Since then, the Pakistani security forces have tried to establish a channel of communication with Mehsud for the release of Imam. The mediator has been Maulana Fazlur Rahman Khalil, a chief of the banned Harkatul Mujahideen. Khalil took guarantees on behalf of the militants that Imam would not be killed.
Imam was an officer in the army and a former member of the Special Service Group and he also served as consul general in the western Afghan city of Herat during the mujahideen government in the early 1990s until the end of the Taliban regime in Afghanistan in 2001.
Imam trained senior commanders of the Afghan national resistance against the Soviet invasion, including Northern Alliance leader Ahmad Shah Massoud, Gulbuddin Hekmatyar and Mullah Omar. After the emergence of the Taliban movement in Kandahar, he enthusiastically reported on its merits to Islamabad as a pro-Pakistan movement that could eliminate warlordism.
Later, with the consent of the Pakistani military establishment, he helped the student militia in its mobilisation from Kandahar all the way to Jalalabad and Kabul – where it took power in 1996. This left no option for mujahideen leaders like Hekmatyar and Professor Burhanuddin Rabbani and others to escape.
Controversies with militants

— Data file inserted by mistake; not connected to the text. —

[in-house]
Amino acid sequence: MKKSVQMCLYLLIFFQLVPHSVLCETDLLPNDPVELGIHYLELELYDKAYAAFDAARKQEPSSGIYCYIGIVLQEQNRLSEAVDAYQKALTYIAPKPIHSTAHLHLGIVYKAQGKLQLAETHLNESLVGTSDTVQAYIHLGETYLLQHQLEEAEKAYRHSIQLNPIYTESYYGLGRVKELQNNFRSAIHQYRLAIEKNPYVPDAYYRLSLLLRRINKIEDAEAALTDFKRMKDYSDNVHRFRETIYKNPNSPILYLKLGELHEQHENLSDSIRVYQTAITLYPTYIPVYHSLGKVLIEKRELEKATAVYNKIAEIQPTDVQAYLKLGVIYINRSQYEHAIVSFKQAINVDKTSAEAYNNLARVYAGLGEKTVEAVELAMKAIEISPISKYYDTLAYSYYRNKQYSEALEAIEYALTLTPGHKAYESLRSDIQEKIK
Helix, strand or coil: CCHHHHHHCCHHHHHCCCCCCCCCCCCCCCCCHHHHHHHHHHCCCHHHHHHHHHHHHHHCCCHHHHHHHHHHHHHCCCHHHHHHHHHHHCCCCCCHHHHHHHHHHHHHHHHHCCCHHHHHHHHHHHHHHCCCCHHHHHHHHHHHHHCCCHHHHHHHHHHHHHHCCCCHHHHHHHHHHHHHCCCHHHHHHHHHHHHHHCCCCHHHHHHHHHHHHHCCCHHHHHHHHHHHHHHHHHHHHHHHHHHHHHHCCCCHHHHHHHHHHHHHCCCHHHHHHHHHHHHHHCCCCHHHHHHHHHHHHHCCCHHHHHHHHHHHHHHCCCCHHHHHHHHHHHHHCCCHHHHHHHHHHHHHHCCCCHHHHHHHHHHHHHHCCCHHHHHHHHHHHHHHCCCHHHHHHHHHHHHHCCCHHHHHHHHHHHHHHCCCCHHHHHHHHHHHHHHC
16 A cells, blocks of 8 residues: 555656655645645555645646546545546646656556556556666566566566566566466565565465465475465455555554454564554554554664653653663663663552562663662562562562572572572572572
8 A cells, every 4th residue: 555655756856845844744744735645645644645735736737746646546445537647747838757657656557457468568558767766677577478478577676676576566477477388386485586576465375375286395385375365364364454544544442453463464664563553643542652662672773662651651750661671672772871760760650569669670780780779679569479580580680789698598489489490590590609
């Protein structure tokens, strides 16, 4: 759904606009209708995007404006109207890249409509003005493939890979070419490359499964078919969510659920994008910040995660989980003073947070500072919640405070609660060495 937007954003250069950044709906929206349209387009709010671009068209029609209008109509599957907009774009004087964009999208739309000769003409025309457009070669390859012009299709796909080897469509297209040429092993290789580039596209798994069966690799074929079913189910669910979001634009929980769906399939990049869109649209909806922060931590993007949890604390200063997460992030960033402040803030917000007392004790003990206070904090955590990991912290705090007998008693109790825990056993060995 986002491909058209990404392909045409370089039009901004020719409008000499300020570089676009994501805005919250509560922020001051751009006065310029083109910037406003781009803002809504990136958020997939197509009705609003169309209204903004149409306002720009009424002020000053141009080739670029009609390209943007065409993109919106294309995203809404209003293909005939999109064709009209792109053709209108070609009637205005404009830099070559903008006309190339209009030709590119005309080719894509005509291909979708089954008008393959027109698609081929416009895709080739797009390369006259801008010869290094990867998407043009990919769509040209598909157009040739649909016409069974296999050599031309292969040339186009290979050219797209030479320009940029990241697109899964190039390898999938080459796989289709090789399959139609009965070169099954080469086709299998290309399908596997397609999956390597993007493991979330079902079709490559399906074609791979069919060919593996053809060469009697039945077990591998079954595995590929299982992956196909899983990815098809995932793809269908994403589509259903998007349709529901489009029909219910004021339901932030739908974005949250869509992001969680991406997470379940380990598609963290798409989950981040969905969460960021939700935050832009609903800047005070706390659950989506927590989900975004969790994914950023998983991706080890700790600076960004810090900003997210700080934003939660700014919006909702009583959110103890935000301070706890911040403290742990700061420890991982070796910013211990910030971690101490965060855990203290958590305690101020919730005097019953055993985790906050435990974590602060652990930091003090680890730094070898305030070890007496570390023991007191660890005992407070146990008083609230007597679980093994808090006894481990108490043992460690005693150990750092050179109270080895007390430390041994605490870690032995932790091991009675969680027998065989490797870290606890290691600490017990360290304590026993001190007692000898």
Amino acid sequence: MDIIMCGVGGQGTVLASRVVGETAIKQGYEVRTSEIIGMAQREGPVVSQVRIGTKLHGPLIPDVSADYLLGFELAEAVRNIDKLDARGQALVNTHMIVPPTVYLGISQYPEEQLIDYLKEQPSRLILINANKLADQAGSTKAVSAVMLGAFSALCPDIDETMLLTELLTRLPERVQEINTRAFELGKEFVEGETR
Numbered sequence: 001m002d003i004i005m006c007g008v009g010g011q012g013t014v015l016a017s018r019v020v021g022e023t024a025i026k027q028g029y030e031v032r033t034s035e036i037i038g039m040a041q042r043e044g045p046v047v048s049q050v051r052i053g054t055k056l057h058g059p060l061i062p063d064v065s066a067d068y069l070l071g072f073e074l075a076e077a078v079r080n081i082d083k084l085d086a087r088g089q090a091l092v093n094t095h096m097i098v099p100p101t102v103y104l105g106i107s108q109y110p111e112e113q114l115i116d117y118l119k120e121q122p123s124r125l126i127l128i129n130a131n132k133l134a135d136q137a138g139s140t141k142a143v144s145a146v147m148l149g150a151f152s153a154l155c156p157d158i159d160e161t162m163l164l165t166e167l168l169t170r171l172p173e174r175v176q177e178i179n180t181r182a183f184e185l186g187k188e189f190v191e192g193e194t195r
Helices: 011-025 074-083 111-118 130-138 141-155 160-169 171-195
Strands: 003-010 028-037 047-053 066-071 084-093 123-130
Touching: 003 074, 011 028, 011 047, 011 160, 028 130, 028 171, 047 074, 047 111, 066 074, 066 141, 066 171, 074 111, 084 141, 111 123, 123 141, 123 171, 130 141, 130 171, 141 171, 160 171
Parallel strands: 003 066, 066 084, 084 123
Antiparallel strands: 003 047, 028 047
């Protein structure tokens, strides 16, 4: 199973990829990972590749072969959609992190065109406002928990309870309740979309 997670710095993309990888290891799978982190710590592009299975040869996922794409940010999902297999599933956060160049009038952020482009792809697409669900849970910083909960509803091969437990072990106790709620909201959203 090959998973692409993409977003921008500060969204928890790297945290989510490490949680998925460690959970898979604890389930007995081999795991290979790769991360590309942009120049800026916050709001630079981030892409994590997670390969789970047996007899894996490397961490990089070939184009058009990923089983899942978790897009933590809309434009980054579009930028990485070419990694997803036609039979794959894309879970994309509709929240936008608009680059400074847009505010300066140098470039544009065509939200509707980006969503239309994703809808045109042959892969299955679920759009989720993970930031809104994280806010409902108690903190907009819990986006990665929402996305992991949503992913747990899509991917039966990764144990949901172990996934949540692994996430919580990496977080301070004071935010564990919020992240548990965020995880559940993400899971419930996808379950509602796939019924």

Western media often portrayed Imam as the father of the Taliban or somebody who shared ultra-radical Taliban thinking and supported their strategies.
Even among militants, especially Pakistanis who fought in Kashmir against Indian forces and later joined forces with the Taliban and al-Qaeda, said the same of Imam.
However, that was not the case. He was recognised by former chief of army staff and president General Zia-ul Haq and former joint chief of staff committee (then chief of the ISI) General Akhtar Abdul Rahman as qualified enough to handle the Afghan mujahideen. Militants placed much hope in officers like General Hamid Gul – another former head of the ISI – and Imam, and when they didn’t come up to expectations, especially after September 11, 2001, and the “war on terror”, militants were angered.
After Zia’s death in a plane crash in 1988, Gul, then director general of the ISI, continued with Zia’s mission of an Afghan jihad. Gul was an ambitious officer and the brains behind his army chief, General Aslam Beg. Because of American pressure, Gul could not be elevated as army chief, yet he remained an inspiration for officers. General Pervez Musharraf – president from 2001 to 2008 – cited Gul as a role model.
Imam was part of Gul’s team and they played an important role after 9/11 to convince top militant leaders to trust Musharraf and that he would never sell out the interests of Pakistan and Islam. Later, that was actually the biggest complaint of the militants with Gul and Imam – that they took the wrong decision in supporting Musharraf after 9/11 and in misleading militants that Musharraf would successfully deceive the Americans and get them buried in Afghanistan.